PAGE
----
Mada only had a glimpse of the stranger, but as she swam after him she had the distinct impression of an athletic figure in a loincloth, strong muscles rippling under the skin, and curly hair as tousled as that of a boy.
Suddenly, Mada saw him. He was standing on a foaming crest. The water seemed to be boiling under him, and with reckless abandon he began gliding down the watery slope straight at Mada.
Ave noticed her at the last moment and jumped, while Mada dived under the board.
It seemed to her that the wave had crashed down on her, but it was just the board grazing her slightly.
Mada surfaced and looked round. The stranger's eyes met hers as he bobbed up to the surface. He laughed joyfully and promptly began swimming towards her, seizing the board on the way.
"Hold on!" he shouted while still some distance off.
Mada could not make anything out, but she smiled in answer, since she realised that he was hurrying to her assistance. When he swam up to her, she said:
"I want to stand on that..." and she pointed at the board.
"Ave Mar will be happy to help..."
"Mada Jupi."
"You'll learn the meaning of joy, strength and happiness!"
The people standing on the shore watched what was happening on the other side of the breakwater. A sigh coursed along the beach when the two figures appeared standing straight up on the crest of a wave, holding on to one another and each evidently standing with one foot on the board. It seemed like a miracle. With their arms round each other's waists in full view of the onlookers and without falling, they were borne on the foaming crest towards the beach.
Never had Mada experienced such pleasure before.
Even so, when Mada and Ave crossed the breakwater and were returning with the board to the crowded beach, Mada felt uneasy. If someone had told her the day before that she was capable of such flightiness, she would have burst out laughing.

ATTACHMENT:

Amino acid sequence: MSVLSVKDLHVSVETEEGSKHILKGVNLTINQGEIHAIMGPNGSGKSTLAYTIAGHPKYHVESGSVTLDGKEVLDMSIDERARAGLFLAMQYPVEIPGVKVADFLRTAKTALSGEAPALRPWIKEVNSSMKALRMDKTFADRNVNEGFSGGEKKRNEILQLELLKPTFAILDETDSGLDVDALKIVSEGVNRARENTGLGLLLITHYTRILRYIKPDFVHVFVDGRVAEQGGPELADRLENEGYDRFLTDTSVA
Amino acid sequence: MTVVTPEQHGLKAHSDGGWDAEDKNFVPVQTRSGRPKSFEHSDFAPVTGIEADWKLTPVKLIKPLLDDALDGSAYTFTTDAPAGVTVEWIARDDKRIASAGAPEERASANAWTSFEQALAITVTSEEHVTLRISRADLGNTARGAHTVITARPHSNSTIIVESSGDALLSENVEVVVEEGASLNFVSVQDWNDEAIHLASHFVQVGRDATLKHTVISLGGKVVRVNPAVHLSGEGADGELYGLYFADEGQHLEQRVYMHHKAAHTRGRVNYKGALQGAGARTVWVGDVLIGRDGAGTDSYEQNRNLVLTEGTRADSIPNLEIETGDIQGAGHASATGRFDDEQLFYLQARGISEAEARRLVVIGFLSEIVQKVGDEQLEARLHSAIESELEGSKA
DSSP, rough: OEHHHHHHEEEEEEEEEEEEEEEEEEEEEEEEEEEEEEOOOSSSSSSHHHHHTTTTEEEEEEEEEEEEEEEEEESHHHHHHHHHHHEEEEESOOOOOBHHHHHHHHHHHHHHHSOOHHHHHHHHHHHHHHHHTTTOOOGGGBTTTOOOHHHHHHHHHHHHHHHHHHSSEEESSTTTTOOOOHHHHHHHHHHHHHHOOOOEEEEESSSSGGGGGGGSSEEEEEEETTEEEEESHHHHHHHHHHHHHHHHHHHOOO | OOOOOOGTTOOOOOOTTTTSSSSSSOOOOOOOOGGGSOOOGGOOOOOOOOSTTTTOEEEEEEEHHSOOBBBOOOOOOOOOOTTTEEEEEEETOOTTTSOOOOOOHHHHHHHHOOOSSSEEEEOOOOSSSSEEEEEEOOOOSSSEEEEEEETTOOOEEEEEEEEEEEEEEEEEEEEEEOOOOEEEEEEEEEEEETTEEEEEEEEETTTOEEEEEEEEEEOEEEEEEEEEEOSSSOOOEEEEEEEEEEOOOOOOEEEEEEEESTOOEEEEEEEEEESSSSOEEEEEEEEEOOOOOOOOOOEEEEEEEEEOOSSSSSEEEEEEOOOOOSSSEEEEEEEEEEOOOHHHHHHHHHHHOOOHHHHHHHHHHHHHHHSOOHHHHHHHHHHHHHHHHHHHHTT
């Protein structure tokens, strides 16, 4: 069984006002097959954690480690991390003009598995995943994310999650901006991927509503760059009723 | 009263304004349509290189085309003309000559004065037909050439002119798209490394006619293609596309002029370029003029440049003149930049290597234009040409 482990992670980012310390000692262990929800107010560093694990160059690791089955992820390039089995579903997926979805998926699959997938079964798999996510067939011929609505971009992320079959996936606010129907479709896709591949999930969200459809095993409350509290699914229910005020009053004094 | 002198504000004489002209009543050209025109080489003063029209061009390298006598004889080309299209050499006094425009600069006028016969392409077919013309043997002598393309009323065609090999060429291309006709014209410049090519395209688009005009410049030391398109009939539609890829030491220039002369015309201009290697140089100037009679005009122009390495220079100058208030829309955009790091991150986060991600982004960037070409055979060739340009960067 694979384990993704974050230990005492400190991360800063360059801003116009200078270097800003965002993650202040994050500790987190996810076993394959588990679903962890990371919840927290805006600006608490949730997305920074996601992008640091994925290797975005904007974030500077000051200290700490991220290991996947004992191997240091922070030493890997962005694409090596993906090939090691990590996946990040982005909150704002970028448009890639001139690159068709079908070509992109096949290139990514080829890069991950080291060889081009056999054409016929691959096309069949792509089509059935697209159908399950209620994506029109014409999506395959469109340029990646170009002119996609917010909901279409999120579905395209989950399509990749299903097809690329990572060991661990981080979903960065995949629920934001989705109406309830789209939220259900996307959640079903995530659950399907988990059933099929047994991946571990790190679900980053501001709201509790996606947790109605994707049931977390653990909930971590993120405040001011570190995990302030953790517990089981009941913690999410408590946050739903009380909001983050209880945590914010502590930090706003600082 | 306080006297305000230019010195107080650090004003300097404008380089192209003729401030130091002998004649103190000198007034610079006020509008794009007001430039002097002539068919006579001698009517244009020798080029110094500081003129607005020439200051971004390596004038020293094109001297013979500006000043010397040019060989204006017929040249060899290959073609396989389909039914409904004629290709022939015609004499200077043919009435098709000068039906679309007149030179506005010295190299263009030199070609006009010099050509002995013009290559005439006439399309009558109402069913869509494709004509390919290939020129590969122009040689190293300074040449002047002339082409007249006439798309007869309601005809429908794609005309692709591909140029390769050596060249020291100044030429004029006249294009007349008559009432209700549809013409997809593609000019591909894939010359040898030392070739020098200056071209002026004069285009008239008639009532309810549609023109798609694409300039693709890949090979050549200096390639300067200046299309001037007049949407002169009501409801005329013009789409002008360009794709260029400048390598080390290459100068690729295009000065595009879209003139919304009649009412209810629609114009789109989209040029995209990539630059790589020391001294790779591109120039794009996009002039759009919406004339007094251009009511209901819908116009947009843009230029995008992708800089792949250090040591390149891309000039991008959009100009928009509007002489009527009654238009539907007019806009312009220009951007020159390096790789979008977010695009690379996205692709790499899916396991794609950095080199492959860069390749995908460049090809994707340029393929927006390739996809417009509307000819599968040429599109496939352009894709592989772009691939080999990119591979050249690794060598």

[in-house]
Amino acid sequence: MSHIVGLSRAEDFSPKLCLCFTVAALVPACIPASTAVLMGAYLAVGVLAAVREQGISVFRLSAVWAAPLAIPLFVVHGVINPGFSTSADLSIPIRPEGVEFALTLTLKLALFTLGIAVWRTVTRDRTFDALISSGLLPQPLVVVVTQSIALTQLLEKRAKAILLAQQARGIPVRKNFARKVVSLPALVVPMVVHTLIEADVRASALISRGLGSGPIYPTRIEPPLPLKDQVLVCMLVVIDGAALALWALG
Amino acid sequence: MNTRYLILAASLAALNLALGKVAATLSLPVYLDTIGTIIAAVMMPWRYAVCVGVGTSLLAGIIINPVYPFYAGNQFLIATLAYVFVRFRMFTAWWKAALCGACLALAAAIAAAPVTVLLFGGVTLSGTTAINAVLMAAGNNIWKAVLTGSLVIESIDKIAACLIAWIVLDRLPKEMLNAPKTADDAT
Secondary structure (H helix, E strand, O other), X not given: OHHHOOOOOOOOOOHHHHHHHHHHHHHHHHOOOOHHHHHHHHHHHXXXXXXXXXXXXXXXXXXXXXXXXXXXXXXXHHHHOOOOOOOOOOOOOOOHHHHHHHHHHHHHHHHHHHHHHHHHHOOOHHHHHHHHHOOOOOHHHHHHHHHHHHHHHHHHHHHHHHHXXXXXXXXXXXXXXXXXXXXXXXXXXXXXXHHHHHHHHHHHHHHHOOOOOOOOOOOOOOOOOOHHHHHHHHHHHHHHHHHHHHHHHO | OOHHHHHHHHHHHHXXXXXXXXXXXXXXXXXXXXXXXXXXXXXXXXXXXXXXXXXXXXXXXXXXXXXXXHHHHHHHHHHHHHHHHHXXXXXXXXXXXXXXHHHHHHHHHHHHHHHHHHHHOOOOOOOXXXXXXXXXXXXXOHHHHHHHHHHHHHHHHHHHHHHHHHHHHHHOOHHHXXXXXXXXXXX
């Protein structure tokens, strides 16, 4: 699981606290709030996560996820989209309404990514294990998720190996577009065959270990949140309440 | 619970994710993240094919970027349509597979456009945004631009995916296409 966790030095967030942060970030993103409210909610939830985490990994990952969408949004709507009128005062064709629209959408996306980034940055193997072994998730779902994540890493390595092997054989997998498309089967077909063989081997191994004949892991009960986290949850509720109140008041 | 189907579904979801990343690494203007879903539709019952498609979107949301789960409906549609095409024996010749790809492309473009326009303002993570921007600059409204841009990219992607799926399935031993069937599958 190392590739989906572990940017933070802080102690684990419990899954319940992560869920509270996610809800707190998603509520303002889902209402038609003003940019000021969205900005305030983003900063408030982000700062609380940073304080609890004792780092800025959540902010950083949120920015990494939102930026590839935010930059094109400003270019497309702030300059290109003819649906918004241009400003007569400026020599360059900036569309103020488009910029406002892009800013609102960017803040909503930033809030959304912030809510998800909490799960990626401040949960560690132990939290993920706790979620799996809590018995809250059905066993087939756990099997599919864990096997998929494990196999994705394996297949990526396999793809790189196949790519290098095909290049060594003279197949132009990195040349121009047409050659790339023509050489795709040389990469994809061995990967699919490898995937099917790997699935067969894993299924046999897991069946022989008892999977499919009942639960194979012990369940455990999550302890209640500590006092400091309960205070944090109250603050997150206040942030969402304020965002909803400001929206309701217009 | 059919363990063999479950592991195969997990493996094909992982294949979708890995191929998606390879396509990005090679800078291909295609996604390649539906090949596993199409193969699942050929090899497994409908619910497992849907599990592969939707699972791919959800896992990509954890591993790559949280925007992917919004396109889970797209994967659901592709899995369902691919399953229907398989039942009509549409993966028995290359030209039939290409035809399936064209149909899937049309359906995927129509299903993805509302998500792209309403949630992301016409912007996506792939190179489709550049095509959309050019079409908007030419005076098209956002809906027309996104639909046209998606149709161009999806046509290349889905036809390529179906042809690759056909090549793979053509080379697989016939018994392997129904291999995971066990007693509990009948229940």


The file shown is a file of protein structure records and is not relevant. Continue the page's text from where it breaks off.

Ave held the board in one hand and was ready to help Mada with the other if the surf swept her off her feet. But Mada went ahead of him and, skipping over the gurgling foam with a laugh, was the first to run up onto the beach.
She seemed to be showing that, as the Dictator's daughter, she could do whatever she liked!
Her anxious companion wrapped her charge up in the fluffy sheet.
"How good it was! If you only knew how good it was, Mother Lua!"
"As if I couldn't know," she grumbled. "I nearly died, waiting for you. If anything happened to you, I'd surely be executed by order of Yar Jupi (may he be happy, the great man!)"
"It's a good thing you're alive and can help me with one or two little matters."
Mother Lua gave her a stern look.
"It frightens me to think of it, my dear."
Mother Lua had guessed rightly about her charge's intentions. Mada had always dreamed about a real Faetian, manly, noble and pure. The uncultured Faetians among the Superiors, flaunting a civilisation that had become static since ancient times, repelled her with their boorishness, arrogance and contempt for the roundheads, whose children her mother had once nursed. The stranger, as her nanny had told her, was alien to all gloomy superstitions of the Superiors; he was a scholar of Danjab who was not afraid to break free of the Science of Death there and end up at loggerheads with everybody. It was just such a Faetian that Mada could dream about, and he had, on top of all that, turned out to be athletic, daring and handsome.
It was innate in Faetians to be mutually attracted "at first sight", which they did not always admit even to themselves.